By Chris Crowley
If the world keeps fishing at its current pace, there will no more fish left to eat by 2048. That's the dire warning laid out by the World Wildlife Federation, which says that the planet's fishing fleet is two to three times larger than the oceans can support, and that 85 percent of the world's fisheries are either fully exploited or overexploited, depleted, or recovering from depletion.
One of the most imperiled species on the planet is the bluefin tuna, which environmental activists and marine scientists have warned for years is in danger of going extinct. Now, after years of those warnings being ignored, the fish is at just 2.6 percent of its historic population, Amanda Nickson of Global Tuna Conservation at the Pew Charitable Trusts tells Quartz. If something is not done in the next two years, Nickson says, "there's a very grave danger of it disappearing."
The Pacific bluefin tuna's situation is so bad in part because 90 percent of those caught in 2013 were too young to reproduce. Which puts a big wedge into, you know, the species's ability to replenish itself. But there's a host of other deeply entrenched problems. Many high-end sushi restaurants are unwilling to stop serving the fish, effectively exploiting its exploitation by pitching it as more and more (and rarer and rarer) of a luxury item. Many consumers are willing to turn a blind eye. As Pacific bluefin have become rarer, its price in Japan has soared. In 2013, one fish was sold in Tokyo for nearly $2 million. Fisherman have responded by relentlessly hunting them down, meaning there's nowhere for bluefin to run. Farmed bluefin, which seemed like it has arrived in the nick of time to save the day, isn't really any better, as most of those fish were juveniles caught at sea and then raised in containment.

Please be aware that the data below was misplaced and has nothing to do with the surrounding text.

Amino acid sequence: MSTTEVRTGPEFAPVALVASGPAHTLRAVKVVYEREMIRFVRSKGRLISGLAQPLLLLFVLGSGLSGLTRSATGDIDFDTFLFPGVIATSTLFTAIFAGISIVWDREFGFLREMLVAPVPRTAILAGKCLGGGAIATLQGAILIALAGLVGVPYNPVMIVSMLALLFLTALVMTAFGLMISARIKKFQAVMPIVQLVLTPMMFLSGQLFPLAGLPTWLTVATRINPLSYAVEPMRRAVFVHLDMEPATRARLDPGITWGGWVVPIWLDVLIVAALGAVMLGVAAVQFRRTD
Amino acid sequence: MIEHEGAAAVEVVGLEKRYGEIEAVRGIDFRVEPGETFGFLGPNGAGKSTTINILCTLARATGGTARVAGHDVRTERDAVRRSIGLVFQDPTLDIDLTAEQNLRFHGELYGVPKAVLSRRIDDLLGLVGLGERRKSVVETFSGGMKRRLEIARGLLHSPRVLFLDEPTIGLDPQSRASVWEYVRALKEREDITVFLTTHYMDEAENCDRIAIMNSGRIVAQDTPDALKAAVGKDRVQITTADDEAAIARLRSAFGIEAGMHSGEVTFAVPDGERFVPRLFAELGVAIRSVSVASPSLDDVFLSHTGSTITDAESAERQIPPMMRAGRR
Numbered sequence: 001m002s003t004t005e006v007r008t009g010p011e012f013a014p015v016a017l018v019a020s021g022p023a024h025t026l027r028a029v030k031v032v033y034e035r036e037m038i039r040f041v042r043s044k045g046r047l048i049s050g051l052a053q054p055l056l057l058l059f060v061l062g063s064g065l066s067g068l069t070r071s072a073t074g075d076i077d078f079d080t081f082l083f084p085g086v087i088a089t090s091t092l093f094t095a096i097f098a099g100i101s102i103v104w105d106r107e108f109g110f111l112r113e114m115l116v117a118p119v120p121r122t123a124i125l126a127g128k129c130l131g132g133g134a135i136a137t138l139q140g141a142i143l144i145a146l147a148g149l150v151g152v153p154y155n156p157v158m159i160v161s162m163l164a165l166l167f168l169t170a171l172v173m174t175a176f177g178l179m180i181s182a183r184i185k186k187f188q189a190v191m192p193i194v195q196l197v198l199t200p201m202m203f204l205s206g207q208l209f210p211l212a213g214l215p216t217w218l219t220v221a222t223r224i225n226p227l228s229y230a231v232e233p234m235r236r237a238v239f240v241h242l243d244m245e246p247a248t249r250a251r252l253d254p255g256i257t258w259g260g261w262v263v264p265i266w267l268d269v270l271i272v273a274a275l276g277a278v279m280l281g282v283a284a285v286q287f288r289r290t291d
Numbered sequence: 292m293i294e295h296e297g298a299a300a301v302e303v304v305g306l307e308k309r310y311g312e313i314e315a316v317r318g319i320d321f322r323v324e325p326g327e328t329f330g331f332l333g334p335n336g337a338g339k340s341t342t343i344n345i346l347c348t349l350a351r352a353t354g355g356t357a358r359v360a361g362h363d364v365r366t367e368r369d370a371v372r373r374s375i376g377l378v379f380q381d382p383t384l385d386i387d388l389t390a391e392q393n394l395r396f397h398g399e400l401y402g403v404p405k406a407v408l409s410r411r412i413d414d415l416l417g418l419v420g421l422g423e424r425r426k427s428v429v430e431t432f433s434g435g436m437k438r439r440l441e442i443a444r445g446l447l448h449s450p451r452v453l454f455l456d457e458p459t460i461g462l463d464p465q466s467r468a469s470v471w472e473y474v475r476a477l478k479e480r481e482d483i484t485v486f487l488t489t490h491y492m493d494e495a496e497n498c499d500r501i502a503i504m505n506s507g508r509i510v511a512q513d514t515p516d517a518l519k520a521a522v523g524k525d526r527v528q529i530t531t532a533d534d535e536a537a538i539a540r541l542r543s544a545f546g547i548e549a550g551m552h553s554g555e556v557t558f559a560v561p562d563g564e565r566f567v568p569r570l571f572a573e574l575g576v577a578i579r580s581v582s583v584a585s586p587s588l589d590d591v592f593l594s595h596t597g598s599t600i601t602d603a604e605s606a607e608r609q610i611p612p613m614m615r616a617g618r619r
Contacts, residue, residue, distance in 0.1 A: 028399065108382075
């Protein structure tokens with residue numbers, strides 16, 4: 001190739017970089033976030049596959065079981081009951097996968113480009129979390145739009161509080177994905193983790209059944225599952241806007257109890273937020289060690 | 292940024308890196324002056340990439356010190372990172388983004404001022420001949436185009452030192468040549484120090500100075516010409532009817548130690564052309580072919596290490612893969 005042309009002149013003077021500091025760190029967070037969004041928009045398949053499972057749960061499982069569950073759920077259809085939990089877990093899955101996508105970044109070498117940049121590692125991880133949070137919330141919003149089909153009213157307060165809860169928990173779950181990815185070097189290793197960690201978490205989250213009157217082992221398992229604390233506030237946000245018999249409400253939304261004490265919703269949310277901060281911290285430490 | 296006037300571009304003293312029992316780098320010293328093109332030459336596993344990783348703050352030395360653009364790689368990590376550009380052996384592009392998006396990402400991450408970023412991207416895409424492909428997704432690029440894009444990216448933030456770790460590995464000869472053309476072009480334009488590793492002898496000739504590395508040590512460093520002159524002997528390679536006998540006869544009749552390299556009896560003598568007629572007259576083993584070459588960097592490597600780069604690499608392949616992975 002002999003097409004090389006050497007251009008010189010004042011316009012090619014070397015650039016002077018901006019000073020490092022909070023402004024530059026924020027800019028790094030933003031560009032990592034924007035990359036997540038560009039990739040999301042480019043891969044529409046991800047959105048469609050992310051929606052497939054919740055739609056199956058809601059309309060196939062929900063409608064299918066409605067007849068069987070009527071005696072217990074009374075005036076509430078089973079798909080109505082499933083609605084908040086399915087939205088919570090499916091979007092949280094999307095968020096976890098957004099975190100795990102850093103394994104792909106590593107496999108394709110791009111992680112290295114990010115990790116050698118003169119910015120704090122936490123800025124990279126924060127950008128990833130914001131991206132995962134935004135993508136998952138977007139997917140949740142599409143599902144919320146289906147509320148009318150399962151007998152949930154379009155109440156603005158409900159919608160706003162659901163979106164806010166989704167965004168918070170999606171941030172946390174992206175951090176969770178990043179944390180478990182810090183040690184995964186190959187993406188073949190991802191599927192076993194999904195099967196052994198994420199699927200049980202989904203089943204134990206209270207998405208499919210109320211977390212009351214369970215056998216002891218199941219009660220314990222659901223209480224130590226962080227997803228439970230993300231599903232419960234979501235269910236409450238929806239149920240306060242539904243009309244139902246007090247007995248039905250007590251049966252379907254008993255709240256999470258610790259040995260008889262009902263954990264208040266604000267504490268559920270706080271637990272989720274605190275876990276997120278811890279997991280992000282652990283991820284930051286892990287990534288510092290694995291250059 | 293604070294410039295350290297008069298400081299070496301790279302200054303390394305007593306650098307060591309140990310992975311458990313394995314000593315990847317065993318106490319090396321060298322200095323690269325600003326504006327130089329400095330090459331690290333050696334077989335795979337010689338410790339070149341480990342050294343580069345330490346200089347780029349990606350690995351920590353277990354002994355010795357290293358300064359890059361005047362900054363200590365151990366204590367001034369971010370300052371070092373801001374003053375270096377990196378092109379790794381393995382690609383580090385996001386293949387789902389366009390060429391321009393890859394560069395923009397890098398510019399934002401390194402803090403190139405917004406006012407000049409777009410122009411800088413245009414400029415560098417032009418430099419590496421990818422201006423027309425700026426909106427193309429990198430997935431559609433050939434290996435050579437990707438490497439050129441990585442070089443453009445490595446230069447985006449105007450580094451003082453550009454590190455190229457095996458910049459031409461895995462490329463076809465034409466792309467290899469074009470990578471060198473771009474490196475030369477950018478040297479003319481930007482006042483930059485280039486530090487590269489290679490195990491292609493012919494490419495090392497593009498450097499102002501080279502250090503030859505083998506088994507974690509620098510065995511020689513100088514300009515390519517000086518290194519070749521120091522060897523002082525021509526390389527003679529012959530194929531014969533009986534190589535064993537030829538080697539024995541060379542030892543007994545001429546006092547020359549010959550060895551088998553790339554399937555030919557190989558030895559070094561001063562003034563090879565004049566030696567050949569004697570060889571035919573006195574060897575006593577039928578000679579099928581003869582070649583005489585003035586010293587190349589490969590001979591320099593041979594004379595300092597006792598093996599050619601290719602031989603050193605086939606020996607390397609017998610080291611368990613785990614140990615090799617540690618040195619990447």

Pacific bluefin are just one exploited species, though. Cod, once the backbone of Massachusetts's economy, aren't coming back to New England waters. Maine's lobsters are going extinct, last year's Pacific hake catch went awfully because of warming waters, and toxic-algae blooms have caused West Coast shellfish to die off in droves. Meanwhile, when one fish species collapses, fishermen simply go on to the next. Eventually, though, there won't be a next species.
Humans have shown a reluctance or unwillingness to actually do something about this, but saving at least some fish isn't impossible. It's already been happening. The Eastern Atlantic Bluefin was once imperiled like its Pacific brethren, but after quotas were slashed in 2010 the species has, in just six years, experienced a rebound. In fact, Shana Miller of the Ocean Foundation, tells Quartz that "it's possible that it will be fully recovered" by next year. Over the last twenty years, 39 other species in American fisheries have similarly recovered and overfishing is down to its lowest level since 1997. People also need to, as it's been argued, embrace eating invasive species and fish usually discarded as trash. Bluefin can survive, they just need a moment to breathe -- and so does the ocean.